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Taxation is theft, but we also need roads

Trevor speaks in support of a minarchist tax model based upon the non-agression principle

Sex is sex and not rape because of consent. A job is a job and not slavery because of consent. A transaction is a transaction and not a robbery because of consent.

Likewise, unless you consent to having your capital taken by the state, taxation is theft.

I never really understood why this was such a controversial statement. The Oxford English dictionary defines theft as “the crime of stealing something from a person or place” with steal defined as “[taking] (another person’s property) without permission or legal right and without intending to return it.”

In other words: do you consent to the government taking money out of your paycheque for taxes? If you answered yes, you believe taxation is theft. If you answered no, you don’t. It really should be as simple as that.

It isn’t, of course.

As another tax season comes to a close I’m reminded about the lack of autonomy we the people have over a system ostensibly put in place to provide amenities for all of us. For all my libertarian groaning about individual sovereignty and right to self-determination, you might be surprised to hear I’m not diametrically opposed to taxes as a concept — as long as they make sense.

As long as funds are going toward programs, infrastructure or paid positions I support I’m happy to finance them via taxation. The problem here, of course, is that taxation is not some sort of pick-and-choose process where you decide what plan works best for you.

Quite the opposite, actually — the government puts you into a prescribed group based solely on your income and subsequently tells you how much money you will pay for various programs you may or may not support, all under the threat of incarceration if you refuse.

That needs to change, which is why I propose a new system based on giving the taxpayer more autonomy with regard to what they finance with their hard-earned capital. This way individuals could pick and choose what their tax dollars would finance, in a similar fashion to what we do when we choose our own car insurance.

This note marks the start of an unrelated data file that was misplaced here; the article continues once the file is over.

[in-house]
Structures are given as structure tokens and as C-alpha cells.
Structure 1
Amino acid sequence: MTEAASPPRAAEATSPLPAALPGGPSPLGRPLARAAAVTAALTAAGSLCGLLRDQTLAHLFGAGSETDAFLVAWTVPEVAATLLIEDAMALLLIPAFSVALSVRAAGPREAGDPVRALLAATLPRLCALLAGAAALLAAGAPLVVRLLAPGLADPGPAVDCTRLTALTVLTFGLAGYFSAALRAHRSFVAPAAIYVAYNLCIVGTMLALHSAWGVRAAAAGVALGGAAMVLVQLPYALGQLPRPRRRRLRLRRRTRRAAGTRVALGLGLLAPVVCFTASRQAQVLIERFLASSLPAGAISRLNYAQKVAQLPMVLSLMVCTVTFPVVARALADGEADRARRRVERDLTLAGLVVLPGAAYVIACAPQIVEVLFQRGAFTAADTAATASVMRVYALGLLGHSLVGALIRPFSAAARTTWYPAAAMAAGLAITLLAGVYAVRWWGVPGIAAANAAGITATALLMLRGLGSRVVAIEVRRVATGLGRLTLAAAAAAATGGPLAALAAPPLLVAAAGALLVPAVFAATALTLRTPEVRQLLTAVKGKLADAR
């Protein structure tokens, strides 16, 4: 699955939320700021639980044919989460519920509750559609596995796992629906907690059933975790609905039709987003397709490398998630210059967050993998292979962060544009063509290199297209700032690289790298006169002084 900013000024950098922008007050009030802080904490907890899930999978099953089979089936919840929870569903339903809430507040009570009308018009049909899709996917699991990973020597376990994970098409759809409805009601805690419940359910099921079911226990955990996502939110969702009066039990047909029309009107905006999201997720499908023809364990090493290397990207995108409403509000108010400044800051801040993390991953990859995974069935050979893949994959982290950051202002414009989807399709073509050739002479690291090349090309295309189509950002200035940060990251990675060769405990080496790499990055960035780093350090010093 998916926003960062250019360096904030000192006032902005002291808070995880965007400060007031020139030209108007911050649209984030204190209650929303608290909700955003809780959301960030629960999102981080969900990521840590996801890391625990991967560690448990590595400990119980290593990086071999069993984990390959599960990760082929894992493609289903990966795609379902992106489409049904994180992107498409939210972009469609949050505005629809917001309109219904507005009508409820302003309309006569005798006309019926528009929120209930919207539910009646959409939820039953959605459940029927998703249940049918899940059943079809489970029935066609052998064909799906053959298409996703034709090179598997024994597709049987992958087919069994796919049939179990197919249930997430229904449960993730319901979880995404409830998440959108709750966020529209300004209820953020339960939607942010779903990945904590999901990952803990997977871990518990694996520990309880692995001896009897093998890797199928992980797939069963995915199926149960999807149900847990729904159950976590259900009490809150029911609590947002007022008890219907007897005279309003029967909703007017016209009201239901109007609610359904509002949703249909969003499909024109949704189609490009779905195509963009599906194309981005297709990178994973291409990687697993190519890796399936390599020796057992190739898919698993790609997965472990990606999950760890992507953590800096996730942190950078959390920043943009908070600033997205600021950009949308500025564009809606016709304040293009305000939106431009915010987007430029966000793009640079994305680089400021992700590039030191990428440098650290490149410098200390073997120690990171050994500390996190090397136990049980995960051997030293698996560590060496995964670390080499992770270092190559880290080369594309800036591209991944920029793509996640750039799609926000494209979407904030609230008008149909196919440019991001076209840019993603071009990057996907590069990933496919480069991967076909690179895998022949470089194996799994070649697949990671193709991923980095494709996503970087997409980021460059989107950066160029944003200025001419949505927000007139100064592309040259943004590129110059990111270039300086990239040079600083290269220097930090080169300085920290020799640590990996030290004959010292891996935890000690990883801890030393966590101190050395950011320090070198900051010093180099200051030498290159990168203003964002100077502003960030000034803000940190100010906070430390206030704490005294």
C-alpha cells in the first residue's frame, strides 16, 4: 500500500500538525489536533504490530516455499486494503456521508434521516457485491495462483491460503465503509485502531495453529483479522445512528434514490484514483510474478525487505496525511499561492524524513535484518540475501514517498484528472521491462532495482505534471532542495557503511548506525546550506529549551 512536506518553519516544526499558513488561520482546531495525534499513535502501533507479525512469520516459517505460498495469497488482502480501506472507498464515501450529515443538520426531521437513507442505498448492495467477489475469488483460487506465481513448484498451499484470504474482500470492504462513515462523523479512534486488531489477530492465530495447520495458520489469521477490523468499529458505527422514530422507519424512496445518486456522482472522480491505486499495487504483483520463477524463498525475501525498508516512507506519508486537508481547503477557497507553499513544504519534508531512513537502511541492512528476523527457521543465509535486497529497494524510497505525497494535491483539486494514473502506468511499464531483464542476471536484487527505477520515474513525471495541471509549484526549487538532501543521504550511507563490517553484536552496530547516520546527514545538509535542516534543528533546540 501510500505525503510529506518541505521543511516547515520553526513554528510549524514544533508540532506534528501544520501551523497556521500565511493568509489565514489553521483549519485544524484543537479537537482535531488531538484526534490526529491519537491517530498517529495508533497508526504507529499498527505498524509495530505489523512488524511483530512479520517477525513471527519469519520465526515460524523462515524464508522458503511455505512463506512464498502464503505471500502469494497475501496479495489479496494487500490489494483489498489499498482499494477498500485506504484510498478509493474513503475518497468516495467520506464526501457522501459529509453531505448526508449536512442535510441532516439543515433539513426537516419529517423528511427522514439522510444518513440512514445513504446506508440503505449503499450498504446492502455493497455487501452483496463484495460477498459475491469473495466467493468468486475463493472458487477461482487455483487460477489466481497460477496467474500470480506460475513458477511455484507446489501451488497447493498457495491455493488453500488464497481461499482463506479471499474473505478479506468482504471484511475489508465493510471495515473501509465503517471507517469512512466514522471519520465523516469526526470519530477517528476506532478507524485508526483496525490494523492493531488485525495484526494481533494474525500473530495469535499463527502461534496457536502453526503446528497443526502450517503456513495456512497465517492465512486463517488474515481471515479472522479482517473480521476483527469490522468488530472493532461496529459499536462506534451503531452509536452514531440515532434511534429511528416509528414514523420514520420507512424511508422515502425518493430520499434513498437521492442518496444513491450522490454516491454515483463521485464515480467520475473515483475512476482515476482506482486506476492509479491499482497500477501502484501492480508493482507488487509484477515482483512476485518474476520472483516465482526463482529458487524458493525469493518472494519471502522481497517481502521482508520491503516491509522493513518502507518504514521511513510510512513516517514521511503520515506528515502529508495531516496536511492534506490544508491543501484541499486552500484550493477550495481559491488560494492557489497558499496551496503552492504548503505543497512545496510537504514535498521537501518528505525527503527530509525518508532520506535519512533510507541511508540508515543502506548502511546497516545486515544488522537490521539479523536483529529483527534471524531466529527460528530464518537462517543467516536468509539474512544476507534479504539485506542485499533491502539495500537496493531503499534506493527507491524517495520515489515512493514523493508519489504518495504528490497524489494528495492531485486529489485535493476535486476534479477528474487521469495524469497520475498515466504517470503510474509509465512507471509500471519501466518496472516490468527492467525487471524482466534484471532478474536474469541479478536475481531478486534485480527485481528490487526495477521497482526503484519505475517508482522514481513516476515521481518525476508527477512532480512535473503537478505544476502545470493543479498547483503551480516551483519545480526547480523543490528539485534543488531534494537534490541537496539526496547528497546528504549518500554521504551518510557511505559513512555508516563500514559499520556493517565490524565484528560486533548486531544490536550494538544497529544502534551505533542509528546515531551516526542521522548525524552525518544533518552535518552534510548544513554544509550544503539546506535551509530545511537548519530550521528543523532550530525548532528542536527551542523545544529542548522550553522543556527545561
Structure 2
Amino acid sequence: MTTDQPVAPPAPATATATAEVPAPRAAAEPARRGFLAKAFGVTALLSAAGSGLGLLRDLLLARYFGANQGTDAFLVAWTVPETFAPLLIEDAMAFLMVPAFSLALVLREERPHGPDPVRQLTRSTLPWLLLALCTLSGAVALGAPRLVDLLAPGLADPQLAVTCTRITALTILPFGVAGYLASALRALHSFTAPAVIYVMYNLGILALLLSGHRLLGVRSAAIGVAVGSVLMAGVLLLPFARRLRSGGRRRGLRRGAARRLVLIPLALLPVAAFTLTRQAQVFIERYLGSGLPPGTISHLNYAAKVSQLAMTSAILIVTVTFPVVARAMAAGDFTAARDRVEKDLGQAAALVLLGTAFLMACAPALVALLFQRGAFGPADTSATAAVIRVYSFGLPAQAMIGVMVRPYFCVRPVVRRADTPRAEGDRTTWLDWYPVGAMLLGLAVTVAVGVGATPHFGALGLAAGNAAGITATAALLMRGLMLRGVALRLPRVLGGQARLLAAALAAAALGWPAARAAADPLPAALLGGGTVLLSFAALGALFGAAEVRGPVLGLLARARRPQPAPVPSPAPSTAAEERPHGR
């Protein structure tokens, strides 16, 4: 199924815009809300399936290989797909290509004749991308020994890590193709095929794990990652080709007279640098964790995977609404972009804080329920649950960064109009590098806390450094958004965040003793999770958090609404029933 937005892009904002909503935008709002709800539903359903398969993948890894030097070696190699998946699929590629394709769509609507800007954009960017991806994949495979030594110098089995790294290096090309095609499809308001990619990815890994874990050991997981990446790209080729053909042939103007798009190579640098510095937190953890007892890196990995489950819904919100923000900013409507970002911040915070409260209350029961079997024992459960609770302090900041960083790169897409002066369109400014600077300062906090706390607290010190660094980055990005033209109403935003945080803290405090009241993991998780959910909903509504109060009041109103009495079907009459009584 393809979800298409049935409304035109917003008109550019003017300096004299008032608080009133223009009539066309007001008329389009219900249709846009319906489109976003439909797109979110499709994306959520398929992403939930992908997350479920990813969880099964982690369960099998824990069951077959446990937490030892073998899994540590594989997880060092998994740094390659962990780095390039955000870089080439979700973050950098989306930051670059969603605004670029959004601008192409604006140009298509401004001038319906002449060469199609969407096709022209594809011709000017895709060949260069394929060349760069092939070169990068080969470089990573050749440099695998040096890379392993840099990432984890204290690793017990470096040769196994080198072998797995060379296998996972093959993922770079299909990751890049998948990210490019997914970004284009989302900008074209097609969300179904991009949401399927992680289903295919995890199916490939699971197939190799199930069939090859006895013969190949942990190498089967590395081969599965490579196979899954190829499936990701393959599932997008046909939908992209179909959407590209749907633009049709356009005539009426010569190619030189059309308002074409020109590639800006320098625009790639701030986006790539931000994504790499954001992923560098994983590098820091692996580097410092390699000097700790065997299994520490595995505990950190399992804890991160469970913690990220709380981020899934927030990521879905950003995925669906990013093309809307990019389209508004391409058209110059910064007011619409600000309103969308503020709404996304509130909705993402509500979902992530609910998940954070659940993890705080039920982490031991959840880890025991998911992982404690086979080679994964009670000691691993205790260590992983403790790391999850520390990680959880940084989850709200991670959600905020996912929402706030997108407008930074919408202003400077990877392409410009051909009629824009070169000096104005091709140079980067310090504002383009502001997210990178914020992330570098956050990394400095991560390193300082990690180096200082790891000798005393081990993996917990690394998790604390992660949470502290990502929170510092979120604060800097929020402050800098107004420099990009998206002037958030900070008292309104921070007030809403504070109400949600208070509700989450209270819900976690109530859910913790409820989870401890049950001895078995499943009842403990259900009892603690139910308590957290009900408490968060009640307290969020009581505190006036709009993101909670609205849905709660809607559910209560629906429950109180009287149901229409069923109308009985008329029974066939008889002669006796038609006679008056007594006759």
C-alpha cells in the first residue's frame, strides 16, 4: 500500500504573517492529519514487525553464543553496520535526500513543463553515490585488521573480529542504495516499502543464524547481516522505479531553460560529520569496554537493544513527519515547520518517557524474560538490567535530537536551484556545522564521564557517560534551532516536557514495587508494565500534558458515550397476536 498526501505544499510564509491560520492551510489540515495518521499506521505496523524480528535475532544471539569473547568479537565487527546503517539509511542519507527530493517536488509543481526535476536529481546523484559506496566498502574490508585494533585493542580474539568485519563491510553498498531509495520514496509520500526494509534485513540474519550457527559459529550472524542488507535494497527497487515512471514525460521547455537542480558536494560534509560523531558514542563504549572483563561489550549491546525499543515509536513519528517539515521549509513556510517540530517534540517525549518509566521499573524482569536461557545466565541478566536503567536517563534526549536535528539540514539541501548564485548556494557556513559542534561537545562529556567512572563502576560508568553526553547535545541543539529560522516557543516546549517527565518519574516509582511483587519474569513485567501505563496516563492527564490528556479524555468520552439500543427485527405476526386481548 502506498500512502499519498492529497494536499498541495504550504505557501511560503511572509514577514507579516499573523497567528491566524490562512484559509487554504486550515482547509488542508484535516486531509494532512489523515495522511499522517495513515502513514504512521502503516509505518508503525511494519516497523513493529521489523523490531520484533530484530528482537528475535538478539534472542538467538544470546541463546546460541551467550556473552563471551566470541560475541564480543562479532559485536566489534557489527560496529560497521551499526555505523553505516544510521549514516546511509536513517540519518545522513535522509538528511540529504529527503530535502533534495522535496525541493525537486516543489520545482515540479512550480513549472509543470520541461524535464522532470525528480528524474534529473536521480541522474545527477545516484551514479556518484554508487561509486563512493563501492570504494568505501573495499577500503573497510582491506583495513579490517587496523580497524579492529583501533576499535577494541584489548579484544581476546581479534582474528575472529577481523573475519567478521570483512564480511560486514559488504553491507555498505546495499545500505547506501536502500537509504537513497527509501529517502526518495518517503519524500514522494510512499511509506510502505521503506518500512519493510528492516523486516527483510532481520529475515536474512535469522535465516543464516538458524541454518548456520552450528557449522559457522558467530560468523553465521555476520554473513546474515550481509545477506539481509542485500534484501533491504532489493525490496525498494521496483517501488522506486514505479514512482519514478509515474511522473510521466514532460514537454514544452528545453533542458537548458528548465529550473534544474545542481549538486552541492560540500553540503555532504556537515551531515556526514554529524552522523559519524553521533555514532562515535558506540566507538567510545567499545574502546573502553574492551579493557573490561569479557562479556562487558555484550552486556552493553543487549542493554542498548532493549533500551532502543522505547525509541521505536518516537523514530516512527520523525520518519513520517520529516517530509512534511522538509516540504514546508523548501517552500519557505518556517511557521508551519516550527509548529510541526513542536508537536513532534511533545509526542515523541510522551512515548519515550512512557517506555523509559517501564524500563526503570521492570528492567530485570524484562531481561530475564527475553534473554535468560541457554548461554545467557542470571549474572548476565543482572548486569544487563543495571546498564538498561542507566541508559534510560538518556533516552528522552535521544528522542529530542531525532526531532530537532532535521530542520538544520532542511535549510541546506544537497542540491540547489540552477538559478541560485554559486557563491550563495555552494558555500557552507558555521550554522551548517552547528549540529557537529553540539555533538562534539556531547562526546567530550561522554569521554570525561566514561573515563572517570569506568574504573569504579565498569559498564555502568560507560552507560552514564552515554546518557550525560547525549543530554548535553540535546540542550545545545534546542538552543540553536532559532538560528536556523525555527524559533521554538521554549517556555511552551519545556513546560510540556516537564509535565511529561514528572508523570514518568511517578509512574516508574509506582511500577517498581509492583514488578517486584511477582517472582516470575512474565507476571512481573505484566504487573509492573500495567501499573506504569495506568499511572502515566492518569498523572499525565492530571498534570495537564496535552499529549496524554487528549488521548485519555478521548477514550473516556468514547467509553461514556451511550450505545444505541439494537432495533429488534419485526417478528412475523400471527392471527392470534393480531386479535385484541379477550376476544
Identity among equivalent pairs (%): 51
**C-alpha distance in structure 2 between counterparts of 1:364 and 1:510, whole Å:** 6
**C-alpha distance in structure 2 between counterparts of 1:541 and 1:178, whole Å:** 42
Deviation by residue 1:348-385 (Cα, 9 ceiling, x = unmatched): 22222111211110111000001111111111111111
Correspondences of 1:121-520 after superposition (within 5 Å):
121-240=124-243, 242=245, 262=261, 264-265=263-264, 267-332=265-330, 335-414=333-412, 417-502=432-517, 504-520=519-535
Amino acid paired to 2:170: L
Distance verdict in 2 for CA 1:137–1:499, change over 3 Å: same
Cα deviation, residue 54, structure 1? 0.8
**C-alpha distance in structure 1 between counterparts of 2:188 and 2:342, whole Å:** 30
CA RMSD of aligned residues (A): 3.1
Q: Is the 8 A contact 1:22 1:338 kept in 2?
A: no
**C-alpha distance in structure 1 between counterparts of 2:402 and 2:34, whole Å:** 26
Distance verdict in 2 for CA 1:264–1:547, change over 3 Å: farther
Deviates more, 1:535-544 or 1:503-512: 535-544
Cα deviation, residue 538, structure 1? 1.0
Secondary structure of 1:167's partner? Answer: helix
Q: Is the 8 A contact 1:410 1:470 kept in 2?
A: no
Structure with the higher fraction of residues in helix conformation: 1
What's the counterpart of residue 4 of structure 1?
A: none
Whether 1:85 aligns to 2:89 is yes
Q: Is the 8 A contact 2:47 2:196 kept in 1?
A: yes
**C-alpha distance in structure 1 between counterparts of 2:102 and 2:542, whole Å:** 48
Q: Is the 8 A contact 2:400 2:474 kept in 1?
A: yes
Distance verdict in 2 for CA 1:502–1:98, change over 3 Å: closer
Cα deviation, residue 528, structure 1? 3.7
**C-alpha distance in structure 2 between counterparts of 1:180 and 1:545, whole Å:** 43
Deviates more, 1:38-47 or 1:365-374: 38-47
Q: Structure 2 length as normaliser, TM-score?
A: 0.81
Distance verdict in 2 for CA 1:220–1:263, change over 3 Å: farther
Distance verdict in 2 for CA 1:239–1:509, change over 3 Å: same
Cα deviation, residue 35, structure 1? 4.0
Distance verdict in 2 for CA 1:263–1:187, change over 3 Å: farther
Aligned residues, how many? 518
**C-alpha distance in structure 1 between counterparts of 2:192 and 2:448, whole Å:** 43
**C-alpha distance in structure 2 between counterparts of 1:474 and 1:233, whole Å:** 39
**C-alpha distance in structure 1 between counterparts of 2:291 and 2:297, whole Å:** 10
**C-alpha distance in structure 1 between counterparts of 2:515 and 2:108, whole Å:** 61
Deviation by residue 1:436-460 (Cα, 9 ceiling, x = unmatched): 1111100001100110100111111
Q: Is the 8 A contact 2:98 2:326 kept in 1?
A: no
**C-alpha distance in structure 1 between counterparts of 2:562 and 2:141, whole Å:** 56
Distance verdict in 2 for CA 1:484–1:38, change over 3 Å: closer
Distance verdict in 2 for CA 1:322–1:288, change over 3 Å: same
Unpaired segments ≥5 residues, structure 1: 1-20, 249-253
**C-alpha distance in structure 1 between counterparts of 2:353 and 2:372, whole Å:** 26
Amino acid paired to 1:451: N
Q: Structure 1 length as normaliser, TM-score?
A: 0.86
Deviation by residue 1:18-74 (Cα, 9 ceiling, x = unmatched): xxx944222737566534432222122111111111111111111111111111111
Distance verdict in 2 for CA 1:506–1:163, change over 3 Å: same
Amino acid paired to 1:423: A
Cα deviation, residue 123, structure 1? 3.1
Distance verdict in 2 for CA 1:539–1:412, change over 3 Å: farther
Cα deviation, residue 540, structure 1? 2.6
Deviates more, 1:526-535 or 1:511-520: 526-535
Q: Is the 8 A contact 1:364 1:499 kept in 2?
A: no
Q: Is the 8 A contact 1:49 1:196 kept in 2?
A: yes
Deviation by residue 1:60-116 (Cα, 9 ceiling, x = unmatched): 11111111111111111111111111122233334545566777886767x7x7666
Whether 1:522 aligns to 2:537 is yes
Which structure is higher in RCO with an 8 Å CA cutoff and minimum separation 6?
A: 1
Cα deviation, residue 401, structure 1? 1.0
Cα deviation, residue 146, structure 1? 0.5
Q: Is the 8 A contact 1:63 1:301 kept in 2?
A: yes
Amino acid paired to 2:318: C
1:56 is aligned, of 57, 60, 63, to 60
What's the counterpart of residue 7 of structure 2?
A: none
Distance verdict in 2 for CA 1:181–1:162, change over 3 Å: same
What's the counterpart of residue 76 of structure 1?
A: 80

Have no kids and don’t think that you should have to finance childcare incentives? Sure thing, it just means you won’t get to take advantage of any of those benefits.

Die-hard anarcho-capitalist living on a self-sustainable homestead 20 kilometres from the nearest highway? Feel free to not finance roads (or anything else, for that matter) but make sure you don’t get caught on one as you haven’t contributed to their upkeep.

Don’t want to pay into the EI program? Feel free to opt-out, but if you lose your job don’t come knocking for benefits.

You get the point.

This is, of course, not a perfect system. For many, like myself, who consider the state an illegitimate entity, the argument could be made that they do not have a legitimate claim to infrastructure like roads in the first place. I’m a pragmatist, however, and short of a literal revolution, I see this as a compromise that would keep the most taxpayers happier while optimizing the system to run in a more utilitarian manner.

Then there is also the question of who is more efficient at spending taxpayer money: the government or private industry. Here I will always side with the latter.

Take me for example. I don’t think there’s been a one-week period where the five-kilometre stretch of rural road I have lived on since May 2019 has been pothole-free. I would happily pay taxes toward maintaining this specific stretch, but the program doesn’t work like this.

On the other hand, our little community could get together and hire a private contractor to keep our stretch specifically clean. Likewise, if enough of this went on independently throughout various communities it could improve the overall state of road infrastructure without the need for taxes (or rather, without the need for compulsory taxes) one community patch at a time.

I know what you’re thinking: what happens when your relative gets sick and you have to travel halfway across the country on a bunch of roads your dollars haven’t gone toward funding? Easy, we’d just have a lot more toll booths (financed by the geographic areas they correspond to versus the province or federal government).

In fact, the essence of this system is not only that you’d be able to pick and choose where your hard-earned dollars went, but that you’d be able to consent to additional charges on more of a piecemeal basis.

Not only would this help the taxpayer, it would help our essential services. The police would have less calls to respond to (based on who actually opted into paying their salary), likewise with paramedics and firefighters. This might sound harsh — like I’m suggesting people shouldn’t be given access to these emergency services — but remember that’s not what I’m saying. They simply deserve the choice to opt-out of them, should they consent to doing so.

Taxation is theft — so let’s give people the opportunity to decide how much they want to be robbed.